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PageRank’s Slow, Inevitable Demise

At one point in time, PageRank was the end-all when it came to determining a website’s validity, health, and overall value in a back-link profile. Every SEO from here to Antarctica boasted the ability to get links on “HIGH PR DOMAINS”. Unfortunately for that sales pitch, PageRank has taken a backseat in Google’s list of things to update, as the last known update for Google’s PageRank Toolbar was around the beginning of December in 2013. There are many reasons as to why PageRank is a non-factor when analyzing a website.

MIMITW-pr-links

PageRank data was removed from Google Search Console (formerly Google Webmaster Tools) in 2009. Even though there were several updates to the PageRank toolbar after 2009, the writing was on the wall, PR was on its way out. Additionally, PageRank was never added to Google Chrome, and you could only see PR if you installed a 3rd party extension. Google’s own Matt Cutts mentioned in 2013 that he “would be surprised” if PageRank was updated again.

 

Preventing Spammers from Ruling Search Results

One of the main reasons PageRank was shelved is that it became a very effective earmark for spammers to increase their website’s rankings in Google’s search results. As mentioned before, many SEOs would boast the ability to get links on HIGH PR websites. A website with high PR does not necessarily mean it is high quality, as there are several high PageRank websites that are now de-indexed (removed from Google’s search results) because they were abused by spammers for link schemes.

Historically, Google has been less and less forthcoming with the data they have at their disposal. “Not Provided” in Google Analytics is one example of this lack of transparency. Google Search Console (formerly Webmaster Tools) also has been limited to only show 30 days worth of clicks, impressions, and other data, as well as only providing a percentage of the link data in their Latest Links and Sample Links exports. Taking all of this into consideration, Google wants less information about how their ranking algorithm works to be available to the public.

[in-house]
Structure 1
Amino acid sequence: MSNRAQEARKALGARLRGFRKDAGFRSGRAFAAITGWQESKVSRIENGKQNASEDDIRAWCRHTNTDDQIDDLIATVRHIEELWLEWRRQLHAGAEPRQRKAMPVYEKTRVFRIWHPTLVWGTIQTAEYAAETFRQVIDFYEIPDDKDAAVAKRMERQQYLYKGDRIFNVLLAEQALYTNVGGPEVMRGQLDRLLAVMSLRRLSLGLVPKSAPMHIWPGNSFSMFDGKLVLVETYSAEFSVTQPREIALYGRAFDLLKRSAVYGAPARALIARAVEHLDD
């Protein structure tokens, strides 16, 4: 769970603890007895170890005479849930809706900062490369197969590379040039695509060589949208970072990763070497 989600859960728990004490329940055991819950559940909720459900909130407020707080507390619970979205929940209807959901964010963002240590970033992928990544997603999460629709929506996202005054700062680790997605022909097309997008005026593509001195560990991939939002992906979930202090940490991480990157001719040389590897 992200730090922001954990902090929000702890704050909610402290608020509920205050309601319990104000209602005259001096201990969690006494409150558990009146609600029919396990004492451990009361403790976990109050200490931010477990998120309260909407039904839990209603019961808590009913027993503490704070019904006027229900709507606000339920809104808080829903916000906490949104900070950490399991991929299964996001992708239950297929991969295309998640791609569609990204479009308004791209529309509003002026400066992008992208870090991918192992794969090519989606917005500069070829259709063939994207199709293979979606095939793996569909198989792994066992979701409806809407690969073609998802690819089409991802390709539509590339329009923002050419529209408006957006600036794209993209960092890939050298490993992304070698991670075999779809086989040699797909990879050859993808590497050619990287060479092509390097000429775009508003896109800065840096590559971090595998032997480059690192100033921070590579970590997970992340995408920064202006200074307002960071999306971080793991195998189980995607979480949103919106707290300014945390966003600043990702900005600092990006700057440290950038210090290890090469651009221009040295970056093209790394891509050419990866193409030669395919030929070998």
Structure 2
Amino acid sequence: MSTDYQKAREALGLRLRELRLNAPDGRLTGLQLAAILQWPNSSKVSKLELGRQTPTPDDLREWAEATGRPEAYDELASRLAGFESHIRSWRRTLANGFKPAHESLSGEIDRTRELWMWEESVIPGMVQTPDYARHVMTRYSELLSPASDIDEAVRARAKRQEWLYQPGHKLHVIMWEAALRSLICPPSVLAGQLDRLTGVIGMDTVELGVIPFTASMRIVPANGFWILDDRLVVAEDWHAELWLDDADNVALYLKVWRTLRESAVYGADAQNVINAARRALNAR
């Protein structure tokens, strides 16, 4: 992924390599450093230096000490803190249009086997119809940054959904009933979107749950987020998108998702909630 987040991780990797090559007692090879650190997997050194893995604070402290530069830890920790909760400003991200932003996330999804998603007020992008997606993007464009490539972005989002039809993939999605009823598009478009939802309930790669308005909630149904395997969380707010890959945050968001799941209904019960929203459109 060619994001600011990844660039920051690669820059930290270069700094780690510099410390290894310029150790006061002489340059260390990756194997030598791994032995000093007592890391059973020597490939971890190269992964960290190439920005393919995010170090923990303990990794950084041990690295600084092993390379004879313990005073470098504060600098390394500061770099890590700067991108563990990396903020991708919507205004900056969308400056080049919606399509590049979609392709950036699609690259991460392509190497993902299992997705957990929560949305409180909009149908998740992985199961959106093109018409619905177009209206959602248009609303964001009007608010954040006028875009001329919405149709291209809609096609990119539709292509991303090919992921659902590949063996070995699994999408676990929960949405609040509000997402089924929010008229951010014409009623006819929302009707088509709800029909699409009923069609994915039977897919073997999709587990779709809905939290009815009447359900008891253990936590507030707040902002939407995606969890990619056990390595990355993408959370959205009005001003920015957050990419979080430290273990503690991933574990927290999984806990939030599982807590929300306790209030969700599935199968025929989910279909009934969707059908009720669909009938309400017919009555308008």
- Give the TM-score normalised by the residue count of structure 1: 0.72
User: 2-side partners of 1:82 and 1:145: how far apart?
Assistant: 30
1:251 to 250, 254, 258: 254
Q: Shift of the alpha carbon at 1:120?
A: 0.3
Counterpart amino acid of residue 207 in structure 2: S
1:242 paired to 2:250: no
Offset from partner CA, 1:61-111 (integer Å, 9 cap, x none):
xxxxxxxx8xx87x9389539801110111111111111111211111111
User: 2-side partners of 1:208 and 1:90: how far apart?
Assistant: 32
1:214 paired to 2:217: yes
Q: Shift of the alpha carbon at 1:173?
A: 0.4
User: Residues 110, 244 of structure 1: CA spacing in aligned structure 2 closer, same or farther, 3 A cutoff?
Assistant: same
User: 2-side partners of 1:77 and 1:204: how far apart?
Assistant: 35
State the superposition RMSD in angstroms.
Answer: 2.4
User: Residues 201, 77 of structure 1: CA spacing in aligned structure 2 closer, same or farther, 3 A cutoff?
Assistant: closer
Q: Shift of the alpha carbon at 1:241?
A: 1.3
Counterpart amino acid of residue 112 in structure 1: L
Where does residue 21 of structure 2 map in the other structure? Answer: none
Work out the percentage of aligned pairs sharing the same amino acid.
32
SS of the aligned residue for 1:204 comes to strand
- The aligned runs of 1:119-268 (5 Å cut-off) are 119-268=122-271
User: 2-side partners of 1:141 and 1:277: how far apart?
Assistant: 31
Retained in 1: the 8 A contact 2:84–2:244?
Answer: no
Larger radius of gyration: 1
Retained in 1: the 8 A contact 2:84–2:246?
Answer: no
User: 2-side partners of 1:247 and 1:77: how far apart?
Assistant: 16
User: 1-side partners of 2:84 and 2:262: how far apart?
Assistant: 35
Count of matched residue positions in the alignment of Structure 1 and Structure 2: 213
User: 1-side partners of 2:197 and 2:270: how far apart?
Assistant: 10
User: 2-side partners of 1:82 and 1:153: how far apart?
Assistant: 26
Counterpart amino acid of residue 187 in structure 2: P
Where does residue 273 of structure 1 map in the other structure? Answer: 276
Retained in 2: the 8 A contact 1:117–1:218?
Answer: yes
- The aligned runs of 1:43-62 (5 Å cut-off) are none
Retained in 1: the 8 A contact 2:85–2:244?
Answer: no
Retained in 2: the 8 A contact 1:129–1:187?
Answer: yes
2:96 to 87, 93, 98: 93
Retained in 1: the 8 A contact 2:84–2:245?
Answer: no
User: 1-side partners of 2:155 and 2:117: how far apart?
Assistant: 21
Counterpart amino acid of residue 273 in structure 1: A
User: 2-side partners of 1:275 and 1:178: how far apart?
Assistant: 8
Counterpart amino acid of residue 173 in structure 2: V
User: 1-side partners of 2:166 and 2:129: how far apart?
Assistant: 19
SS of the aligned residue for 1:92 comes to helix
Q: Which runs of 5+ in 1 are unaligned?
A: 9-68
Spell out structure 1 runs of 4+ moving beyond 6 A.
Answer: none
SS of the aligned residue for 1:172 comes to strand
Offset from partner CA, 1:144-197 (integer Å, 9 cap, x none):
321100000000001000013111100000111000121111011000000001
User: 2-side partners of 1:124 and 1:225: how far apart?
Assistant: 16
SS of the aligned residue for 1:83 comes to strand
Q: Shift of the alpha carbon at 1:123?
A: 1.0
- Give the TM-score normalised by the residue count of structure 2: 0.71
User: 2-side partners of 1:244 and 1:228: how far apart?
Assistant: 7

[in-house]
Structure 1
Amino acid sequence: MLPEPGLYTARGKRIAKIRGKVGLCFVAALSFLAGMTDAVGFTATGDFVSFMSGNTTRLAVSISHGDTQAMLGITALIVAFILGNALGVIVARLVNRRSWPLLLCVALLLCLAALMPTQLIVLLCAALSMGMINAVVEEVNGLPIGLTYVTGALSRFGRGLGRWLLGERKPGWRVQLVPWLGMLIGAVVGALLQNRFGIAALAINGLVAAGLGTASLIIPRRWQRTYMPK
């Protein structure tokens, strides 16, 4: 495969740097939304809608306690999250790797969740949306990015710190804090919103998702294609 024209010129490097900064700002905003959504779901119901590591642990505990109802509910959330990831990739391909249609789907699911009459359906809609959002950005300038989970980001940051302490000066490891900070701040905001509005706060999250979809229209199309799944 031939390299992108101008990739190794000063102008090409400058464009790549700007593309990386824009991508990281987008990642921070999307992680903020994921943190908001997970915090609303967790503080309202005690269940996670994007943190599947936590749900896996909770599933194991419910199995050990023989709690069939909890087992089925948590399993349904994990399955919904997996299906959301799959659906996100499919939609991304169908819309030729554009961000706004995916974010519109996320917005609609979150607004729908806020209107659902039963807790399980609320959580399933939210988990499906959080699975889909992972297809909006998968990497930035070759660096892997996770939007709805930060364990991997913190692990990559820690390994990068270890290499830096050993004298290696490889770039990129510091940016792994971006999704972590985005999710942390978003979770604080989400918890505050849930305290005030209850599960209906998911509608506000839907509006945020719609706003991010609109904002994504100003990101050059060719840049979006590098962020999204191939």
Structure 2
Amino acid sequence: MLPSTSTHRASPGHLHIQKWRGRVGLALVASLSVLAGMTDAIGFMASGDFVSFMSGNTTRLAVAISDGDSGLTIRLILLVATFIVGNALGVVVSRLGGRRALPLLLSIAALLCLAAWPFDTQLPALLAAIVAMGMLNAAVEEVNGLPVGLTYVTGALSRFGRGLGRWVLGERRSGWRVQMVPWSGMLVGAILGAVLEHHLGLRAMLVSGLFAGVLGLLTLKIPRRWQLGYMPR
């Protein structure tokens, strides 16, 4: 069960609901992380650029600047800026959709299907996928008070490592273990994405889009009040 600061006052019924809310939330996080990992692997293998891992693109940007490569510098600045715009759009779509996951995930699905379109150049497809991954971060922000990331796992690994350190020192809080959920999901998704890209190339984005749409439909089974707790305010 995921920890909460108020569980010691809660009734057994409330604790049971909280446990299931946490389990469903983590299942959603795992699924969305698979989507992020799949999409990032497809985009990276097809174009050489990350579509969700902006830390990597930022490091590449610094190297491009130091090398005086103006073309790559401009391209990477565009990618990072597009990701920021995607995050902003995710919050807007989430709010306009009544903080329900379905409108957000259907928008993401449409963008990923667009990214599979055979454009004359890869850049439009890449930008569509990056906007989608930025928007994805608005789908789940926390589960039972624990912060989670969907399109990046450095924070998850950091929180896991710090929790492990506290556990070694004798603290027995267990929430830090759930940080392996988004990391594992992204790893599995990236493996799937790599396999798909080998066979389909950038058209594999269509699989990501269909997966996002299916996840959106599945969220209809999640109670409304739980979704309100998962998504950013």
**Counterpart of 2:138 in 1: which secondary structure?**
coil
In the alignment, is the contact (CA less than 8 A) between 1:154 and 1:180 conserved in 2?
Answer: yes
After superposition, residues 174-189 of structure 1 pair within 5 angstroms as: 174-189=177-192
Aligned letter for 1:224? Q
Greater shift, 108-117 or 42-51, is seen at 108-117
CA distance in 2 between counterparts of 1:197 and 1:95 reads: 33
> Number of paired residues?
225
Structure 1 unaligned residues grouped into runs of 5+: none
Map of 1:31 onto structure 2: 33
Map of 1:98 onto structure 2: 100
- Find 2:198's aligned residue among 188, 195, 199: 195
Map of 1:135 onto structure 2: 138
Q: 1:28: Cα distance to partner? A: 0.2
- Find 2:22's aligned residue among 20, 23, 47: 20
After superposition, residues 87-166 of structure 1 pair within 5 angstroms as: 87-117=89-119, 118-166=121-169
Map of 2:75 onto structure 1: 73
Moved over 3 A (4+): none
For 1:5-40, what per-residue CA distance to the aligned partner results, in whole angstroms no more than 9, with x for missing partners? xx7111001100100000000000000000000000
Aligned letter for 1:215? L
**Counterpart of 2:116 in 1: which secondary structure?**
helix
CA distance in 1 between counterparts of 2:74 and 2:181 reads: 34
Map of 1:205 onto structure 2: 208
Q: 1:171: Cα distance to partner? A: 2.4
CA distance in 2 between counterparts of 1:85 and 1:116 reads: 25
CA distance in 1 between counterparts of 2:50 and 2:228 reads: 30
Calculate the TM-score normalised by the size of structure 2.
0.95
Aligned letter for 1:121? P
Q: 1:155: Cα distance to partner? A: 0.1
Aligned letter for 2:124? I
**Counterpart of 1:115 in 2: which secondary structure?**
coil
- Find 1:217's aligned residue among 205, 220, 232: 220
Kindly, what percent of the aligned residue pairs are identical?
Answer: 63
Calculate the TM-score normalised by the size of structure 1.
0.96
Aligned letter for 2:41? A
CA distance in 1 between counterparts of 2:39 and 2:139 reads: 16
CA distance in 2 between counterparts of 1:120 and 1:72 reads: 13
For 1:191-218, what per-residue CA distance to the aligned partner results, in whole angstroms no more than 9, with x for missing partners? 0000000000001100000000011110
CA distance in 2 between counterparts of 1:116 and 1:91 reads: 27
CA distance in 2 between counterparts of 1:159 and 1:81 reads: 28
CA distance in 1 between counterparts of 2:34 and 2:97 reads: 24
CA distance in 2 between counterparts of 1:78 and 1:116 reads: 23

What is Google’s Opinion about PageRank?

Matt Cutts has several videos about PageRank and the associated Toolbar, but none of them specifically say that PageRank is no longer used. The PageRank toolbar has been shelved for the time being, but PR is still a metric they use in their algorithm to help determine the authority of a website.

pagerank-update-matt-cutts

However, Google’s own John Mueller was asked about the PageRank metric on January 22nd, 2014 in the Google Webmaster Central office-hours hangout and said the following:

“I wouldn’t use PageRank or links as a metric. We’ve last updated PageRank more than a year ago (as far as I recall) and have no plans to do further updates. Think about what you want users to do on your site, and consider an appropriate metric for that.”

Here’s the video of the Google Webmaster Central office-hours hangout from January 2014:

 

Does this specifically mean that PageRank is dead? No, but the PR toolbar has seen its better days. PageRank is still being utilized in Google’s algorithm, but it should not be used as the only metric when determining the authority or validity of a website. Several other factors have come into play over the past several years such as relevance, quality of content, and many more. Restricting yourself to one or just a few metrics will not provide you with an accurate assessment of a website; only when you use ALL the metrics that are at your disposal will you truly be able to properly analyze a website’s authority.

Alternatives to PageRank

One positive aspect of the demise of PageRank as the most interesting metric in the world is the presence of several alternatives to Google’s own outdated ranking system. Several companies in the search engine space have developed their own scoring / ranking systems such as Moz’s MozRank, AHREFS’s Domain Rank, and Majestic’s Trust Flow. Using some (or all) of these alternatives can help webmasters determine the quality of websites using a variety of different scores and algorithms. Do not fall prey to horse-blinders, use all the tools at your disposal to get a leg up on the competition, or hire an SEO expert to help you!


Comments


  1. Oh, I thought Google updates PageRank three or four times in a year? Maybe, if PR is no longer trusted as one of the metrics that determine website score, then maybe I’ll focus on domain authority. Do you think that makes sense?

    Reply

  2. According to Google, they are no longer updating the PageRank metric (https://www.seroundtable.com/google-next-pagerank-update-19902.html), so for non-Googlers, PageRank is not a reliable metric by which to determine the authority of a website. Domain authority or other metrics made by Moz, Majestic, or other link data sources are pretty reliable when effectively cross-referenced. In the past, PR was updated 3-4 times per year, but it has been pushed to the wayside in recent years as it is an easily gamed metric, and Google has been less and less transparent with the various metrics and keyword / link data since the onset of Penguin in April of 2012.

    Reply

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